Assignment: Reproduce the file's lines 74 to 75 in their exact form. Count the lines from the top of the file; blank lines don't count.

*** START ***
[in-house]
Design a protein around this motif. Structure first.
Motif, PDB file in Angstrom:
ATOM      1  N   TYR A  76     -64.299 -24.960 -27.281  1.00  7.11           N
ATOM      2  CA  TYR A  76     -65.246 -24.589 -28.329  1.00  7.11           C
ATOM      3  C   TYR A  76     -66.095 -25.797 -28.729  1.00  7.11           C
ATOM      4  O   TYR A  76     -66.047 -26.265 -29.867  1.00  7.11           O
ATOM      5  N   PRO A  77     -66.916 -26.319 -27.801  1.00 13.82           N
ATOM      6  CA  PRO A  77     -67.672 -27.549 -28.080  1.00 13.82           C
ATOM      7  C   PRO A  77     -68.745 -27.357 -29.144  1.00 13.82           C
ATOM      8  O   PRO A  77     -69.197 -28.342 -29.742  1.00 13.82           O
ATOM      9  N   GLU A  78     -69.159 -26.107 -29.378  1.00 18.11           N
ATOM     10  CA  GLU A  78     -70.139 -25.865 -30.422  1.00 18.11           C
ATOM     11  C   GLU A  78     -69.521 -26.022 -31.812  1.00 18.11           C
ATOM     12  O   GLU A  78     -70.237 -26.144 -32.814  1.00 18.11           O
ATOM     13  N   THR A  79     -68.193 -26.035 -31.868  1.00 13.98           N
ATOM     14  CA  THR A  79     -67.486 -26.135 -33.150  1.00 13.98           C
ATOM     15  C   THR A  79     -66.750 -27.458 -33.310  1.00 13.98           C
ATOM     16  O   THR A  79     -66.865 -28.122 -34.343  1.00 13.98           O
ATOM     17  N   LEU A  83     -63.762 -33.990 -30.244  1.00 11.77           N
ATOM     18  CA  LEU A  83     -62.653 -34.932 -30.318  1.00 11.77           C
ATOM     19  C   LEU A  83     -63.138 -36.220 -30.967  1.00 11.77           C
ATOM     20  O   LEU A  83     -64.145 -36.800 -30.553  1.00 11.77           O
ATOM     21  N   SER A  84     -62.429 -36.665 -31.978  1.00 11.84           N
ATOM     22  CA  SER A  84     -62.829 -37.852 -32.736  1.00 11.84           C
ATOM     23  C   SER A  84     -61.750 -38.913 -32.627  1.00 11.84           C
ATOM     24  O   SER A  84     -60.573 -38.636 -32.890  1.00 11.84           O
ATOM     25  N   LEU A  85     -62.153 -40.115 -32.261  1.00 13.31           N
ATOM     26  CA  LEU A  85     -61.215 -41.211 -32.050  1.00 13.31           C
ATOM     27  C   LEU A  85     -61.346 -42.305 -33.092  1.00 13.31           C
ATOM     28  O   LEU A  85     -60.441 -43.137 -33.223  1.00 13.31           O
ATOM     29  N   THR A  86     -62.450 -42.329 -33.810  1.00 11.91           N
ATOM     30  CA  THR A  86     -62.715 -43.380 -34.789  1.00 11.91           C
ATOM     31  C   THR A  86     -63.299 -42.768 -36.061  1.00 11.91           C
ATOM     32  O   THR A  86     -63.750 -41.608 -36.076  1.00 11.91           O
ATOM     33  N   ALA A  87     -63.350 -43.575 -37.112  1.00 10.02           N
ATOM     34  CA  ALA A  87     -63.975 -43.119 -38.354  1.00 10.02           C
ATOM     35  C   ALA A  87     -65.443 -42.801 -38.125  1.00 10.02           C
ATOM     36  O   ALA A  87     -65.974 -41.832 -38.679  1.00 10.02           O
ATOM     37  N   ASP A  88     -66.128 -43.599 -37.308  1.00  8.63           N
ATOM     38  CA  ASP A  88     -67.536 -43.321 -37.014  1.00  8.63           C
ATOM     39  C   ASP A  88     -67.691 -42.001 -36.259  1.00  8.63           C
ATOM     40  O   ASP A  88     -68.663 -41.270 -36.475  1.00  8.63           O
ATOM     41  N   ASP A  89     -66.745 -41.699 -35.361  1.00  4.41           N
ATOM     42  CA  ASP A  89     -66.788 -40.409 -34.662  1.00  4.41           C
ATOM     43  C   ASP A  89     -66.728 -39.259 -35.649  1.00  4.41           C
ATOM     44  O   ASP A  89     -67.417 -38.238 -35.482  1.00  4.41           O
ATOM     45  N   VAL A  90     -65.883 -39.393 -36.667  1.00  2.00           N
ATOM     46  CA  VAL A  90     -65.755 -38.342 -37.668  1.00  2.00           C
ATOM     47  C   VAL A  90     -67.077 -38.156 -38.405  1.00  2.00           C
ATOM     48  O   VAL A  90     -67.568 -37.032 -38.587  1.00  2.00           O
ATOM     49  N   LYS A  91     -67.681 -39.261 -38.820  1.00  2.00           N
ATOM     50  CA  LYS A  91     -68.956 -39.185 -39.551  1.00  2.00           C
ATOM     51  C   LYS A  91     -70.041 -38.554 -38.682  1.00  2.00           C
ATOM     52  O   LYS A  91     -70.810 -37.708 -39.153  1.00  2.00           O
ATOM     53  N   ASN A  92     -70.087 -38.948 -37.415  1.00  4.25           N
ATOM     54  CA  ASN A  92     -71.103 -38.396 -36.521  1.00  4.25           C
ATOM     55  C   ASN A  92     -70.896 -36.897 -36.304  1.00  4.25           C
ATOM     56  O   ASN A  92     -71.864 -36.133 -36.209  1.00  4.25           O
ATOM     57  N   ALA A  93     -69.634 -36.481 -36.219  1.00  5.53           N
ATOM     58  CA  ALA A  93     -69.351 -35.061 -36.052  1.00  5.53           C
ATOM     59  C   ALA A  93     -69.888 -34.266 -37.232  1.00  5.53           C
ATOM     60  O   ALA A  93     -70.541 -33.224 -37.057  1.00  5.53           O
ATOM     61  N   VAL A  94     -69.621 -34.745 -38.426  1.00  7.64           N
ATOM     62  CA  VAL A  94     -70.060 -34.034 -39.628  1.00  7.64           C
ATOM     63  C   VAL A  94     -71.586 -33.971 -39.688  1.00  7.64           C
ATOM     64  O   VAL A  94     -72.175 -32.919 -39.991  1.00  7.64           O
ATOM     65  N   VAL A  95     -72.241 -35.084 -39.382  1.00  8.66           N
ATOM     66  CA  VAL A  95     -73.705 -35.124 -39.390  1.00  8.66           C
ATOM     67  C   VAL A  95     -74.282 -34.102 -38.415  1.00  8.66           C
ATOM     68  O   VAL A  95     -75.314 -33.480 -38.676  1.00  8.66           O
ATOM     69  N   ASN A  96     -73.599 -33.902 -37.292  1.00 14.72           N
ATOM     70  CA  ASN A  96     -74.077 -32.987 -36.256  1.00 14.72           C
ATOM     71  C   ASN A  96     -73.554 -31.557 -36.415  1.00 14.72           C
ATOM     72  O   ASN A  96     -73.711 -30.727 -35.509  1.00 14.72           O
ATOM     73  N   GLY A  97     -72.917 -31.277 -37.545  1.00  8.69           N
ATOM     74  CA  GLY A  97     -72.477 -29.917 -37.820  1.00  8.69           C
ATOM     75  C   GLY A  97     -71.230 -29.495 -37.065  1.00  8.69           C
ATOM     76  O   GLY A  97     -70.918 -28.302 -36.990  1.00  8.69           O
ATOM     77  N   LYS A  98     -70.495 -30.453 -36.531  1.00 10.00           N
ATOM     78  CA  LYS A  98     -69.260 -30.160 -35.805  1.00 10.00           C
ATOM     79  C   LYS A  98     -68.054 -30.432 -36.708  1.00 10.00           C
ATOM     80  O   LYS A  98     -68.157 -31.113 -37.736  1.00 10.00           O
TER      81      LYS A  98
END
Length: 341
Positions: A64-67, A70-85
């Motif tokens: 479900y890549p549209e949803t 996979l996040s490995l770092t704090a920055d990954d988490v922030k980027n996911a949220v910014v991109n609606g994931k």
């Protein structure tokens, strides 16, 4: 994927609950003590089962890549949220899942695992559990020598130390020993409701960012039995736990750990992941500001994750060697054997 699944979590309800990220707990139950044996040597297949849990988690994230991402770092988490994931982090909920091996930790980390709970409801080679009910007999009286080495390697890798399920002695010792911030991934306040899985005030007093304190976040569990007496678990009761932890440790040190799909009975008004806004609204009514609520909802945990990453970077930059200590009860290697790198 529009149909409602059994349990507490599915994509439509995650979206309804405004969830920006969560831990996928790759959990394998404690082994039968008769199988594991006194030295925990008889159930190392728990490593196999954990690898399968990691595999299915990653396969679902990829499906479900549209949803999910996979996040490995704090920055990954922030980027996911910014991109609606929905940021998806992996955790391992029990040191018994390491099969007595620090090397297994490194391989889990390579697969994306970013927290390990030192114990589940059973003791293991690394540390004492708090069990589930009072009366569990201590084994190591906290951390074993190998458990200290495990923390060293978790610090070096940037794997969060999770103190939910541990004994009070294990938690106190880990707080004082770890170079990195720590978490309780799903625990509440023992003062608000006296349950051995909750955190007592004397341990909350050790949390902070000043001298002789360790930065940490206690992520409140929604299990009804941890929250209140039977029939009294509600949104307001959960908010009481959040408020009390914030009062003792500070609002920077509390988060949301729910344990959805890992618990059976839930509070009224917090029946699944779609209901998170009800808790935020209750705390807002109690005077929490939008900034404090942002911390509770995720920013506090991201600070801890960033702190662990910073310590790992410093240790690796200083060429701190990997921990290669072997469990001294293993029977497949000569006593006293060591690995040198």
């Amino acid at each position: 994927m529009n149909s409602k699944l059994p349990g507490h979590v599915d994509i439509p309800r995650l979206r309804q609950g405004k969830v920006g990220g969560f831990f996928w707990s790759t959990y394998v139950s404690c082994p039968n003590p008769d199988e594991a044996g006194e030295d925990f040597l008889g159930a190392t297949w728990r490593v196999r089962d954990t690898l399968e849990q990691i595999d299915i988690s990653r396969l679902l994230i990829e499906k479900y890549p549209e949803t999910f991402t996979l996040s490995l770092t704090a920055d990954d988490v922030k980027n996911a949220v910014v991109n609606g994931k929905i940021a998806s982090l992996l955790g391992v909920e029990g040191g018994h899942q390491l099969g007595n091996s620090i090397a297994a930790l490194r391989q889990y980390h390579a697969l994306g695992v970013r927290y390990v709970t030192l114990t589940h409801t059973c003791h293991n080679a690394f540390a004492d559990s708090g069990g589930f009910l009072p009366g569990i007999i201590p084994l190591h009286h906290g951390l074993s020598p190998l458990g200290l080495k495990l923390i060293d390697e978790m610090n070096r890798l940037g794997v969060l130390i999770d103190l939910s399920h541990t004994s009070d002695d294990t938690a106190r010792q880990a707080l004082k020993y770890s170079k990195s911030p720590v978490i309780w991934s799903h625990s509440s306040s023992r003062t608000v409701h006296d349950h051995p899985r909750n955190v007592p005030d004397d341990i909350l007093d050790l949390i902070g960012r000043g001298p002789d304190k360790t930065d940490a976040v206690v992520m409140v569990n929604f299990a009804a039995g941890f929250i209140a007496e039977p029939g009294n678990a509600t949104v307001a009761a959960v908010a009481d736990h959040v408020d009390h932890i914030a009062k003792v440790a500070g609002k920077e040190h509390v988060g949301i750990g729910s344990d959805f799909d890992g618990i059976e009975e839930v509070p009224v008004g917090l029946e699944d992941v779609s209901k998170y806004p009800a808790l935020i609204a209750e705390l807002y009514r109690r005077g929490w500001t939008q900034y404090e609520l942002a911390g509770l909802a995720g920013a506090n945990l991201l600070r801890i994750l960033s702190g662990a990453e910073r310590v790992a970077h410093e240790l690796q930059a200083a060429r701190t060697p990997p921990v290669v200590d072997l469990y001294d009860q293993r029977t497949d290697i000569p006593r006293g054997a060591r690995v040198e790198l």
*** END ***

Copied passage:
ATOM     71  C   ASN A  96     -73.554 -31.557 -36.415  1.00 14.72           C
ATOM     72  O   ASN A  96     -73.711 -30.727 -35.509  1.00 14.72           O